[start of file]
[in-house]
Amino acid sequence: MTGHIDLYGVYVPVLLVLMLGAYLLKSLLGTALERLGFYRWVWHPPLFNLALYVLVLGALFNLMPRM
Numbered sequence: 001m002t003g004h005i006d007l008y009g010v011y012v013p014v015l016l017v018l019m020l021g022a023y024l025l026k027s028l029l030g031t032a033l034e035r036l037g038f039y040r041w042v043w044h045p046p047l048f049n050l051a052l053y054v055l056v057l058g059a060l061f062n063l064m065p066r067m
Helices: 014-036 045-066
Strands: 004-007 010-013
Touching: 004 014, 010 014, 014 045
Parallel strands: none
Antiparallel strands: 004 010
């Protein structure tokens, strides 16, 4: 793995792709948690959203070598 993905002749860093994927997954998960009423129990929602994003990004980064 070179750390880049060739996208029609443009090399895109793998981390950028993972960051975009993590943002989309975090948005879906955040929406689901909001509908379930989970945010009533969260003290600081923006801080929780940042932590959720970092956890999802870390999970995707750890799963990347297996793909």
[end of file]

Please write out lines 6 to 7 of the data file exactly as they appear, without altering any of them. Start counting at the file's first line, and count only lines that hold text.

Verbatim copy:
Touching: 004 014, 010 014, 014 045
Parallel strands: none